Don’t Expect Apologies

Next week is Masters week, which is always something special, or so Phil Mickelson would have us believe after what happened to him last year on the finely manicured carpet that is Augusta National.

As always, the emphasis at the Masters is on the greens, and they’re about the most famous plots of short-grass real estate you can find. Or maybe “famous” isn’t the right word. They’ve also been described as immaculate, undulating and sloped. The word “unfair” is never used.

No, Augusta National is not the kind of place where they like you to toss around negative words, carelessly or on purpose.


So for the time being, the azaleas are blooming, Rae’s Creek is flowing and breezes are rushing through the pines.

But soon enough there’s going to be another major, and, unlike Augusta National, it’s going to be played in a place where Mickelson didn’t win the last time.

Prepare yourself to say hello to Pinehurst.

It’s still two months away, but the United States Golf Assn. is getting it ready for Mickelson, who was second to Payne Stewart in the 1999 U.S. Open at Pinehurst, and everyone else who shows up.

After the rigors of Shinnecock last year, and how tough the place played and the way that seventh green caused blood pressures to shoot through the roof, the common thinking is that the USGA is guaranteed to make up for it and transform Pinehurst from a snarling beast into a purring pussycat, right?

Not exactly. In fact, get ready for Pine-hurts, you players.

“A kinder, gentler U.S. Open?” said David Fay, the USGA’s executive director. “Huh?”

There’s more.

“The Open has long had the reputation of being the world’s toughest golf tournament. I would hate to see the U.S. Open lose that imprimatur. We want to make it as hard as possible, but won’t go over the edge as goofy golf.”

So remember this: There will be no makeup at Pinehurst for what happened at Shinnecock, which, Fay said, was simply the result of hot, windy weather that made some of the greens -- such as the tricky seventh and the glass-like 17th -- either hard to stick a golf ball on or to putt on.

According to Fay, the problem with the seventh at Shinnecock had to do with the slope of the green, but it was also mowed differently. It was fast, very fast, Fay said, and the USGA also didn’t have any rough on the left side of the green that might have prevented balls from rolling off.

In hindsight, the only thing the USGA did wrong was not watering the green before the weekend rounds began, he said.

The bottom line is that there wiIl be no Shinnecock after-effect at Pinehurst. There’s no way in North Carolina that Pinehurst will resemble a payback, or an invitation to par, or just a big, green welcome mat. In fact, Fay said there was nothing even to say sorry about.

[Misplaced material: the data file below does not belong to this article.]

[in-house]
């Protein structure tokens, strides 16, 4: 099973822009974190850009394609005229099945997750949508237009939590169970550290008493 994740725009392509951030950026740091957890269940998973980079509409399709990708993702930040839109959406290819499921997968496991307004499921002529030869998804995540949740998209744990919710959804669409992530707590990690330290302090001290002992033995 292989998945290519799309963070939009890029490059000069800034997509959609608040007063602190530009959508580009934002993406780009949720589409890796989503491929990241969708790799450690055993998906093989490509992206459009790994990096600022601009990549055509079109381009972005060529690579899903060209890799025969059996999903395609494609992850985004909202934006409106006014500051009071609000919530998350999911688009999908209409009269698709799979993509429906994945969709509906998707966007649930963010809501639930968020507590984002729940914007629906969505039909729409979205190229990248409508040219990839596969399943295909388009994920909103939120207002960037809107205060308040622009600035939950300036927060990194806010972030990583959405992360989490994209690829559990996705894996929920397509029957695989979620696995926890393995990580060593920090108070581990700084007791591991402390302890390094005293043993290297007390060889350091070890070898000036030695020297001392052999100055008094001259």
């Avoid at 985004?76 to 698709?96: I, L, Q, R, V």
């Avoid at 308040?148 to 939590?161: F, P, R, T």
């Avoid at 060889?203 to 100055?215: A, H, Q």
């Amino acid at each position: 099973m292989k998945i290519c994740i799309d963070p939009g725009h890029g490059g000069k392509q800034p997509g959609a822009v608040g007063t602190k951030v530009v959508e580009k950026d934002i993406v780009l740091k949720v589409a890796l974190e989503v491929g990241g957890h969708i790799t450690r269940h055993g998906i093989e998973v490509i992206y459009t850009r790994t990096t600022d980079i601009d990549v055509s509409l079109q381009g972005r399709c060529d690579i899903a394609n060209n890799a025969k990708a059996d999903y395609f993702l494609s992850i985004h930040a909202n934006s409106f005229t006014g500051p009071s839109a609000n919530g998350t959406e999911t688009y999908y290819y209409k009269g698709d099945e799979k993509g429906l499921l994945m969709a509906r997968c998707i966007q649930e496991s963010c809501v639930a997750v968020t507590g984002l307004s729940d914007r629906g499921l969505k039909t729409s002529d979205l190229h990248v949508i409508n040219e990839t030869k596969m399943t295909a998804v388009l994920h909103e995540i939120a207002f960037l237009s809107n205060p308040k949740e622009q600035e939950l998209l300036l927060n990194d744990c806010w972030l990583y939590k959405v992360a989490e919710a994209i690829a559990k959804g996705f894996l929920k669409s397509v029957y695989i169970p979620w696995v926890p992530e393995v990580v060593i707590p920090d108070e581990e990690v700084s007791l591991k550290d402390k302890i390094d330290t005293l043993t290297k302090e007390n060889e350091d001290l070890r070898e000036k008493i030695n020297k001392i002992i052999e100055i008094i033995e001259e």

“No apologies necessary. I don’t want to sound smug about it, because we did feel badly about Shinnecock,” he said.

“I have told our people, mixing sports metaphors, that we took one high and inside, a little chin music, so don’t dust yourself off and dig in like Willie Mays.”

Pinehurst, a Donald Ross design, is famous for its greens, which are humpbacked, or located on hillocks, and depending how fast the greens are there are probably going to be some golf balls rolling off the green because of their shape.

Fay promises the same pin locations as the 1999 U.S. Open and basically the same course, although the USGA has lengthened it by about 92 yards, to 7,217. Four holes are slightly longer: the par-four second is 22 yards longer, to 471; the par-five fourth is 15 yards longer, to 565; the par-four 11th is 23 yards longer, to 477; and the par-four 14th is 32 yards longer, to 471.

Besides narrowing the fairways by an average of about four yards, the USGA hasn’t altered Pinehurst’s look that much since Stewart won on the last hole and beat Mickelson six years ago.

The greens, Fay said, are Pinehurst’s last line of defense.

And the greens at Shinnecock are last year’s news, he said, because many tend to remember only the bad stuff.

“I’m not one to say what could have been, but if Phil had not double-bogeyed 17, the story line would have been different. ... ‘Phil and [Retief] Goosen solved the riddle.’ That’s a classic U.S. Open type of finish, when a handful of players figure out how to play the course.”

A handful of players? Pinehurst may not turn out to be the puzzle that Shinnecock was, but if it does, it won’t be because the USGA didn’t try. Just don’t expect a walk in the park. Remember, in USGA-speak, golf means never having to say you’re sorry.